Here, you can’t see them, but we’re laughing as a sister traveller takes our camera away from her husband—and shoots the picture herself—because he was about to miss the waterfall entirely (the whole reason we were standing there asking him to take our picture). A lot of words weren’t needed for her to make this decision and take action, she just did it (while rolling her eyes and teasing him a bit). Self-organizing group behavior if ever I saw it.
This shade of green is used everywhere on Kauai—on houses, stores, and even this beautiful church. We don’t use this color much on homes and churches in Seattle. I think it’d look like black against our grey skies. What this has to do with self-organizing groups you’ll need to figure out on your own.
For four days of our vacation, Daniel attended an intense photography workshop that started at 6 a.m. and ended most nights between 10 and 11 p.m.–to capture sunrise light, sunset light, and everything in between. On workshop day 3, at 11 a.m., I delivered ridiculously large java chip Frappuccinos to several workshop instructors. At roughly 11:02 a.m., Daniel received invitations to visit the east coast and the personal cell phone numbers of several of his hero photographers (seriously, he giggled like a little girl whenever he used their names). Coincidence? Nope. I think that’s just the way self-organizing groups roll.
Speaking of the way self-organizing groups roll, in my opinion, within these groups we end up looking pretty good to ourselves and nearby others, even when we don’t know exactly what we’re doing, how we’re doing it, and we have what appears to be “less-than-optimal” skills, knowledge, and technology. For example, I’m no professional photographer, but I still think that this is an outstanding portrait of Daniel—at least as good as the photo taken by another expert during his workshop and far more meaningful to me. It was taken with wind and sand hitting us in the face and on a crappy disposible camera that I was forced to buy when my digital camera died (charger left safely back home on the mainland). Still, I think it captures his true essence…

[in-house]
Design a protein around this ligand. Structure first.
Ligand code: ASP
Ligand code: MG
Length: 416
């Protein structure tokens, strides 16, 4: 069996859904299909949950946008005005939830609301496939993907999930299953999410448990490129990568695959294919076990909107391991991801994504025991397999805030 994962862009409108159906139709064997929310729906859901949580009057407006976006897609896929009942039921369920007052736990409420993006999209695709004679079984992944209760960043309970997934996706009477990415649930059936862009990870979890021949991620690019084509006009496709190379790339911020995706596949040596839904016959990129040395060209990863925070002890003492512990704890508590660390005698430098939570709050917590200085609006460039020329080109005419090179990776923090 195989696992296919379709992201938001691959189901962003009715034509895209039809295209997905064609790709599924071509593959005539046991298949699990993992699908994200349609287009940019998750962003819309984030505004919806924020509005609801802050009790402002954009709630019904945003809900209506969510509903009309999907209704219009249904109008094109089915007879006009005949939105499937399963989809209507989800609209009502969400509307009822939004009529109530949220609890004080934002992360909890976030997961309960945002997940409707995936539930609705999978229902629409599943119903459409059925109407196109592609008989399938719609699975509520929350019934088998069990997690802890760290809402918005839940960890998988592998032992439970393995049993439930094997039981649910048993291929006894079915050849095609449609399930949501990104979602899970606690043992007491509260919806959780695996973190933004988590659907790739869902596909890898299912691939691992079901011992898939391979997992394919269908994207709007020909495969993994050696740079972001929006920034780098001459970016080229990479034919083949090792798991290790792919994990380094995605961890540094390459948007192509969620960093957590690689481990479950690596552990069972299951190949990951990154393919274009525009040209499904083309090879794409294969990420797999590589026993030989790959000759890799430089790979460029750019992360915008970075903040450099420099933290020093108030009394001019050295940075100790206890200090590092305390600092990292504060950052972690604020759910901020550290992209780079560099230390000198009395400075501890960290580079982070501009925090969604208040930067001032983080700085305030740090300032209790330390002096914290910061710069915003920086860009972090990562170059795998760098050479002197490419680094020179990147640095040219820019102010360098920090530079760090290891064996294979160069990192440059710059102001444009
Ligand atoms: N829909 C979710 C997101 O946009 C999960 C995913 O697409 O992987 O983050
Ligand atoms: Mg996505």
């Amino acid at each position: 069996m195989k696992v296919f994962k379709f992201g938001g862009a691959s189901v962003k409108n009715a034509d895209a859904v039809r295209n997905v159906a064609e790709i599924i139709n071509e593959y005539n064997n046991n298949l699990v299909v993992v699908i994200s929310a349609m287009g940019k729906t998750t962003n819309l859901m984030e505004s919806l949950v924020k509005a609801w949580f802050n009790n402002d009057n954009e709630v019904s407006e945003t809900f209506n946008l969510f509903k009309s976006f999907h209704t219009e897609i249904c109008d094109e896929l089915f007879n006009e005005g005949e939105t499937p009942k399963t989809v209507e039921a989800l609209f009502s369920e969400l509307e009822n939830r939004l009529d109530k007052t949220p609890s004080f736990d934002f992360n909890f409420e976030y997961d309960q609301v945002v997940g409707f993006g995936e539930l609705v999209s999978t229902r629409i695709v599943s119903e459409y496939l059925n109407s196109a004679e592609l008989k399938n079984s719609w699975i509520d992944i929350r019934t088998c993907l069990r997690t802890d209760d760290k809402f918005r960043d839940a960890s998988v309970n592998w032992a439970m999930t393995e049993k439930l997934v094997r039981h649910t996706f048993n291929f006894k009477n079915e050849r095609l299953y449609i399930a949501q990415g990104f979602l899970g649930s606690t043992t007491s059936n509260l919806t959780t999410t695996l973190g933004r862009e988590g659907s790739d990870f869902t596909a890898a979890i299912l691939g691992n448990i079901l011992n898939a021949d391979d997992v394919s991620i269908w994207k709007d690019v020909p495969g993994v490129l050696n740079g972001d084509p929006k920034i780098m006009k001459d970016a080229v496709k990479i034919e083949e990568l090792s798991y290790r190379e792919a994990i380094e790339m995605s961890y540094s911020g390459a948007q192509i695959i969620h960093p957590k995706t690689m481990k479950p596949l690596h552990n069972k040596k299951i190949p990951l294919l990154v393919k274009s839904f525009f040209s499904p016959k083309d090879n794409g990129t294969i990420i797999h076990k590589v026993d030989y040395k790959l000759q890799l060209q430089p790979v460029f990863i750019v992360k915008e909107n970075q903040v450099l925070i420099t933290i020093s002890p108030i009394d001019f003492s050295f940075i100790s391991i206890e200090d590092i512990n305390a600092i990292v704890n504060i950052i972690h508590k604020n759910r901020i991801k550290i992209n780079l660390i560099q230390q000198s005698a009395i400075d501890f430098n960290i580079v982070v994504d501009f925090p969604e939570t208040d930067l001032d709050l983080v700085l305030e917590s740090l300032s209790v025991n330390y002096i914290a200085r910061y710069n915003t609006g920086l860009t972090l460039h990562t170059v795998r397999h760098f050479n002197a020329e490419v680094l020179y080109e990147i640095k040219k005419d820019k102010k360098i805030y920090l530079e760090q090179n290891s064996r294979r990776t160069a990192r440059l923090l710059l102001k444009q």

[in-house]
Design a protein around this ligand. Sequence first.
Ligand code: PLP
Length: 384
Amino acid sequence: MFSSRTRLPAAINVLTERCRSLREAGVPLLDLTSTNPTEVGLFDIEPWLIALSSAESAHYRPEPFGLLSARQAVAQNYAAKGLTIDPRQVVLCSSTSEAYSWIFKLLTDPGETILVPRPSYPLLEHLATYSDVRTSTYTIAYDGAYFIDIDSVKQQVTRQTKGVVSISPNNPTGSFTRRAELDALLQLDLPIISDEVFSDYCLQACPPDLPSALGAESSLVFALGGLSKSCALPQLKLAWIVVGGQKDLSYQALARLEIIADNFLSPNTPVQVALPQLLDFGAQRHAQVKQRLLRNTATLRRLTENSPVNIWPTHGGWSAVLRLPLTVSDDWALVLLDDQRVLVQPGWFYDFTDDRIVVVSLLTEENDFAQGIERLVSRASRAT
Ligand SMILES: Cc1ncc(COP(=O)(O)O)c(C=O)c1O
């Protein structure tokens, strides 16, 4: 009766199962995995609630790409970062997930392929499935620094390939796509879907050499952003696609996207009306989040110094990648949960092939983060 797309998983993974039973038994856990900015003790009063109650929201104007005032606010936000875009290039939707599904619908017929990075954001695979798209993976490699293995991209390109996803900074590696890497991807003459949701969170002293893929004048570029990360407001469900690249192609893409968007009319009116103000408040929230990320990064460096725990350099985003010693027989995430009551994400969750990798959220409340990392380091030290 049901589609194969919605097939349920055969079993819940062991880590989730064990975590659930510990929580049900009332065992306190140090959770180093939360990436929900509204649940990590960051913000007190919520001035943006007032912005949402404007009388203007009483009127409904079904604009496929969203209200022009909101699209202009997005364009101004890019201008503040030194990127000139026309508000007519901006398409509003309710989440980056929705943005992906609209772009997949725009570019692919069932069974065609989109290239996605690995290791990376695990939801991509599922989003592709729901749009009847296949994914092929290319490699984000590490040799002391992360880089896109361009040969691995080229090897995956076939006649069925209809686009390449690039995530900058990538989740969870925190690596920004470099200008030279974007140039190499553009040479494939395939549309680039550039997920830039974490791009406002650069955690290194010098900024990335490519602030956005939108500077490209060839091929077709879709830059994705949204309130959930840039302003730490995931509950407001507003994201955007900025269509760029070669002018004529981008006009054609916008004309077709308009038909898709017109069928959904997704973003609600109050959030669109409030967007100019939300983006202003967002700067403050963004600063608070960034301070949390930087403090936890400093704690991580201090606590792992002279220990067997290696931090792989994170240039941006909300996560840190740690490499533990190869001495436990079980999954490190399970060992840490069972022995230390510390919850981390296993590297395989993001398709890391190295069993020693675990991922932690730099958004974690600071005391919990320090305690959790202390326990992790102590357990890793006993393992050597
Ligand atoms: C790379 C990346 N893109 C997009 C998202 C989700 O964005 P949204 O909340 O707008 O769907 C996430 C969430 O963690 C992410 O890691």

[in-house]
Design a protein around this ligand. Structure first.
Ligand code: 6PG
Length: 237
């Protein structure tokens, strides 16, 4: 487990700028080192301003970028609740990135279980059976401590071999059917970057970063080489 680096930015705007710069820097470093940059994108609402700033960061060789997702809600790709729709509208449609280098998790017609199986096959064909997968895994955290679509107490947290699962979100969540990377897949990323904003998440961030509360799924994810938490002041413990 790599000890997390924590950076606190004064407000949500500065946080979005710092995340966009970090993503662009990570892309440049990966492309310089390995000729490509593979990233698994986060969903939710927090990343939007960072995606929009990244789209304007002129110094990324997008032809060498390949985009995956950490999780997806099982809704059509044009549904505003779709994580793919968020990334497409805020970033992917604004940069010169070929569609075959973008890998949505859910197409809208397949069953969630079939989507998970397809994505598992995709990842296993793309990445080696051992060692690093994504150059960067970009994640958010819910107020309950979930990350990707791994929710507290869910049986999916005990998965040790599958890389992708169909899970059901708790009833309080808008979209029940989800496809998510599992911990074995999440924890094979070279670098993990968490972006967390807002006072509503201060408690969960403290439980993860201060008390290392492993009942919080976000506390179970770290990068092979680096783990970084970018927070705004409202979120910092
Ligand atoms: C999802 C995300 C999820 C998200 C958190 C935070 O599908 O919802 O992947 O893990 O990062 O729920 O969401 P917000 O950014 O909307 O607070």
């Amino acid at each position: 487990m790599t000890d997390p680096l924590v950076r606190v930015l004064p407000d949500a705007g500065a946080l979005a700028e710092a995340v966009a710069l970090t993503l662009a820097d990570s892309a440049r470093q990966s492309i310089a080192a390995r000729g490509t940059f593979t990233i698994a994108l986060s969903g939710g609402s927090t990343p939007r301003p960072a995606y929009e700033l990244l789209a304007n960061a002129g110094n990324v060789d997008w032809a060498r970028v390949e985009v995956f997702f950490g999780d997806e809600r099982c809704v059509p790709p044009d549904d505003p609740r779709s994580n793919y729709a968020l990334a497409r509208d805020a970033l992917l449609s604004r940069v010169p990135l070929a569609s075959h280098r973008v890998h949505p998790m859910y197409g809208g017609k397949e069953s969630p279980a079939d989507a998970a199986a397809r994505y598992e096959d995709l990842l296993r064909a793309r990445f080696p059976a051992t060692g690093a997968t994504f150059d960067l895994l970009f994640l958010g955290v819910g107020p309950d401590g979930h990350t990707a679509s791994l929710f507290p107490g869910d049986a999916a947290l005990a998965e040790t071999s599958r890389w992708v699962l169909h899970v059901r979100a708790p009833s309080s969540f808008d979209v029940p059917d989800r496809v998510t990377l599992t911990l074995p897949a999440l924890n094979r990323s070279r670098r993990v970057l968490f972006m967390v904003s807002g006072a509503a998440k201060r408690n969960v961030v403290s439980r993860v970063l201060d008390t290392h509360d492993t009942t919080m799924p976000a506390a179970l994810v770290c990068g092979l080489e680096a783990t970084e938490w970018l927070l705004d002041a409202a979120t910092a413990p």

And here’s a second outstanding portrait by non-professional me. Here, I experimented with the technique of whining incessantly about how long it takes him to “professionally photograph” a Hawaiian sunset, and I successfully managed to bring out another side of my subject. Hee hee! Love you honey.
Here’s an image of an amazing botanical garden—one that’s been recognized as using some of the most sustainable practices found in a U.S. botanical garden. Thank you very much, ancestors and centuries old technology, and thank you equally as much today’s garden staff and board for the work you’re doing right now.
I’ve noticed that my own self-org groups give me the time to notice patterns everywhere: in the trees, plants, and in us…
People have been sitting on these rocks, and telling stories about themselves, life, and the distant rocks on the hills around them, for centuries. The only thing added by modern garden inhabitants/caretakers is the small bench at the very right. This taught me volumes about how much work humans need to do when they recognize themselves in an amazing place. Not very much. I sat here and enjoyed nerdily reading about many legends in my guide book while Daniel wandered with his camera. I was particularly drawn to the god Kane—creator of life, leader of gods, and creator of sky, forest, sun, dawn, animals, and all the life they bring. I’ve since learned that no human sacrifice or laborious ritual was needed in the worship of Kane. Was he a cool god or what?! Later Daniel discouraged me from buying the Kane statue in a Hanalei shop, rightly thinking it might go to the head of this mere mortal who happens to share his name. Had he found a Gregory (his last name) god and statue, you know he’d be singing a different tune.
I sat here peacefully for a long time. At one point, I also thought to myself “Hundreds of years ago, a self-organizing group figured out this amazing, sustainable system. And yet I, as an individual, am still struggling to figure out a $#@*&!! drip irrigation system for my yard.”
These veloci-chickens* surrounded me and the car—vying for food, I think—when Daniel took off to photograph some waves along the side of a road. These wild chickens appear WAY smarter to me than the chickens I remember on my grandmother’s South Dakota farm. They move and work in a pack. A self-organizing chicken group, as I live and breathe.
*We dubbed Kauai’s beautiful, ever-present chickens “veloci-chickens” because they a) sound kind of like velociraptors from the movie Jurassic Park and similarly b) sneak up behind you in the jungle and wait until they’re very close before making a sound. Unlike their Jurassic Park counterparts, they’re pretty friendly. We were in no real danger of death by veloci-chicken.